Essay on The Trial And The Death Of Socrates

1171 Words May 24th, 2015 null Page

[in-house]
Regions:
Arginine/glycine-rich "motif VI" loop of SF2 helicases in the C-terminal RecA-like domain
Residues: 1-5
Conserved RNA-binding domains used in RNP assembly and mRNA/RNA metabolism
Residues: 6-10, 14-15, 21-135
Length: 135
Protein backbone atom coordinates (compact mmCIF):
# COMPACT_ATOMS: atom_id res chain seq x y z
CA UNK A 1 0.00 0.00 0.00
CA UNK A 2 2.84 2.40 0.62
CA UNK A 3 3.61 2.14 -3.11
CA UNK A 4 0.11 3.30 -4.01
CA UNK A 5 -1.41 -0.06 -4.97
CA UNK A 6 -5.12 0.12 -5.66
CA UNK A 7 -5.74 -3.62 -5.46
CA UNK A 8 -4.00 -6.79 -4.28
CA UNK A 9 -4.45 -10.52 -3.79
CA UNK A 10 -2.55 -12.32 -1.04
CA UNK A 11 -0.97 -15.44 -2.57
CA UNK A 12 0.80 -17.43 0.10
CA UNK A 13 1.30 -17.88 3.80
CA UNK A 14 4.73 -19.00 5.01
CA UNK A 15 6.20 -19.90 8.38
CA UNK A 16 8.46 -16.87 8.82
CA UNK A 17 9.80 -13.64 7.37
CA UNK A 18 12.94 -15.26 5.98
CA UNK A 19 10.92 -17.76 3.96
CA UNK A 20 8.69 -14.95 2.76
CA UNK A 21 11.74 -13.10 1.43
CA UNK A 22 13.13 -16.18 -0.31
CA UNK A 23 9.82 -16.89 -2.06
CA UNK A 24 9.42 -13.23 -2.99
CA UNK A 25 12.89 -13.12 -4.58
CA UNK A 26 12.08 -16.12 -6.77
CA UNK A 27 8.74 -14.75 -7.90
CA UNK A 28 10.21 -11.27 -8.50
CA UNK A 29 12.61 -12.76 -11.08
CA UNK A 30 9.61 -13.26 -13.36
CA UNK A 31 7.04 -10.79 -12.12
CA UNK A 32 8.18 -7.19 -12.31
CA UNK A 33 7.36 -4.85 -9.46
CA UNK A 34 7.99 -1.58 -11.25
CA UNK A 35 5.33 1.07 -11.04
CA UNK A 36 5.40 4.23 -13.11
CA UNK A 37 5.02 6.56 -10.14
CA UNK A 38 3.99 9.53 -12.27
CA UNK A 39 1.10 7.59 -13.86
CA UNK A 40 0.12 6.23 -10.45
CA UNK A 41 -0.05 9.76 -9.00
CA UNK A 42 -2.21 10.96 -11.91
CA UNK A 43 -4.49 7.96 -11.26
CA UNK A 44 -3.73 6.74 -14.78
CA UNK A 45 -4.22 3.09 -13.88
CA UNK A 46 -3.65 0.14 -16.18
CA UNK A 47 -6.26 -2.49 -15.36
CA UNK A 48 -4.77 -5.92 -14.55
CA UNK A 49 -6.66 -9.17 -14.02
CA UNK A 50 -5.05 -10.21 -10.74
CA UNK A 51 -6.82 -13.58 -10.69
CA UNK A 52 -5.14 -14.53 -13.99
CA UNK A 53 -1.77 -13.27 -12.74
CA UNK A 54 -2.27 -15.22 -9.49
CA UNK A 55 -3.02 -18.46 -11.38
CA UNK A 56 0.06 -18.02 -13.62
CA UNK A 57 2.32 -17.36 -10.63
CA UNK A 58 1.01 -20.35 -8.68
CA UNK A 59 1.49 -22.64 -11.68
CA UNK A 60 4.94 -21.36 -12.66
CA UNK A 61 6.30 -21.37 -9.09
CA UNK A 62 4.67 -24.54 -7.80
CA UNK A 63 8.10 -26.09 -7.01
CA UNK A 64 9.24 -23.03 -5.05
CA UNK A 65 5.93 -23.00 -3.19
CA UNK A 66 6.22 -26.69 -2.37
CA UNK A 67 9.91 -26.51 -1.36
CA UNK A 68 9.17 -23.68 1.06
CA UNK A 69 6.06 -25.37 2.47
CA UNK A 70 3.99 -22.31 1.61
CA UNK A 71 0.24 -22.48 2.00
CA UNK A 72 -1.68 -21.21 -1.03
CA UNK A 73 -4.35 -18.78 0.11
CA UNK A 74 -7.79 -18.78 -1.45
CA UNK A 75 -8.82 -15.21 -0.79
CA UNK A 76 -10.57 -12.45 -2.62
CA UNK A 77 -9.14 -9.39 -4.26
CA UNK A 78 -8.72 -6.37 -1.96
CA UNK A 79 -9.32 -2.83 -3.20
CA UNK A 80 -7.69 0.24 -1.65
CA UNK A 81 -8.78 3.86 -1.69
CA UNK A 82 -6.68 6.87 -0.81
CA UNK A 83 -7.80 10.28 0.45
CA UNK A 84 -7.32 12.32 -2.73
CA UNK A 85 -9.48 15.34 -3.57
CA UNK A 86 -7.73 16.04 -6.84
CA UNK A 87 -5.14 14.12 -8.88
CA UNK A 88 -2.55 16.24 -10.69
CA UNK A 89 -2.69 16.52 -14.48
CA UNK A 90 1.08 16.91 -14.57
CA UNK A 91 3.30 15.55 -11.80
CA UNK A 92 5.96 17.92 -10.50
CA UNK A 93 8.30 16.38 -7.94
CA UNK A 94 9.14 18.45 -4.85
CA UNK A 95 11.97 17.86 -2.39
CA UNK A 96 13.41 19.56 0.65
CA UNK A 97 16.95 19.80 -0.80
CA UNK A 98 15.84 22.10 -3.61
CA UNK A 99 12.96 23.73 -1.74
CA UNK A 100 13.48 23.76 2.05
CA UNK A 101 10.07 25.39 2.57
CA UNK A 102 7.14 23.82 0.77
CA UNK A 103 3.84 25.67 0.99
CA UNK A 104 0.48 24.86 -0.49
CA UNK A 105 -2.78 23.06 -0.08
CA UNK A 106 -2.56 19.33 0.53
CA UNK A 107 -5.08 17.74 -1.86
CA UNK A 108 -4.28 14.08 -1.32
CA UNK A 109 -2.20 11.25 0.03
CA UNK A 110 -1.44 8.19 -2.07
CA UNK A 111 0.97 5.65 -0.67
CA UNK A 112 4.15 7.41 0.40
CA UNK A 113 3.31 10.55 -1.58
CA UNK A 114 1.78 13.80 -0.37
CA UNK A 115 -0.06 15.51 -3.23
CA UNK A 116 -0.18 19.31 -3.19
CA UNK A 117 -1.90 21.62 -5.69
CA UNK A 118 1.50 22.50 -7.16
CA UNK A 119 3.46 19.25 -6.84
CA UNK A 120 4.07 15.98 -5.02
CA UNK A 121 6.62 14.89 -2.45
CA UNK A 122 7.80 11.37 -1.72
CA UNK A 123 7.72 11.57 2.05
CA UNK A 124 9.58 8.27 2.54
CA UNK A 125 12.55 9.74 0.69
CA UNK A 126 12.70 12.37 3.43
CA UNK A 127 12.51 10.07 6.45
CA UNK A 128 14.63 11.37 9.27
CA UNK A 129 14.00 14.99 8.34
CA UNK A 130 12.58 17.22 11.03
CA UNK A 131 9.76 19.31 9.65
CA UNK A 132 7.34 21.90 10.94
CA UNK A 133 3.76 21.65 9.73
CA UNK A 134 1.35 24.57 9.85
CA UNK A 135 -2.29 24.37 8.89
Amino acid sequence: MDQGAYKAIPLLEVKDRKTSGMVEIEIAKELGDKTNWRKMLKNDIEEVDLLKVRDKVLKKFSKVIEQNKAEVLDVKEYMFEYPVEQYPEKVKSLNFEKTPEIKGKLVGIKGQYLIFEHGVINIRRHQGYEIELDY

The trial and the death of Socrates is the building blocks of the western culture and philosophy. Despite the fact that this text is mostly focused on training yourself how to think and question your knowledge, it also has embedded the life of an ideal Greek male and ancient Greek society. Every word in the four dialogs takes you back to the ancient Athens where people did not have to worry about the economic crises. Instead, focused on fighting against people who questioned the knowledge of poets, politicians or anyone who considered themselves educated and possessed wisdom. Socrates, a Greek philosopher who spent his blossoming years teaching the young the importance of wisdom was punished with the death penalty. Through time, education and knowledge have been the unleathal weapons against life and its injustices. But what did education mean to an ideal Greek ancient male? They had to be the Leonardo Da Vinci of Athens but had to abstain from scientific explanation and questioning Gods services. In a developing civilization, the most needed skills were those of a leader, a spokesman, a politician. Young males were educated in politics, gymnastics, teaching and philosophy. But Socrates believed the reason behind education was not to expand your wealth but to perfect your soul. “Virtue does not come from wealth but that wealth and every other good thing which a man have whether in public or in private come from virtue.” ( Plato, 53). According to Socrates wisdom weights…

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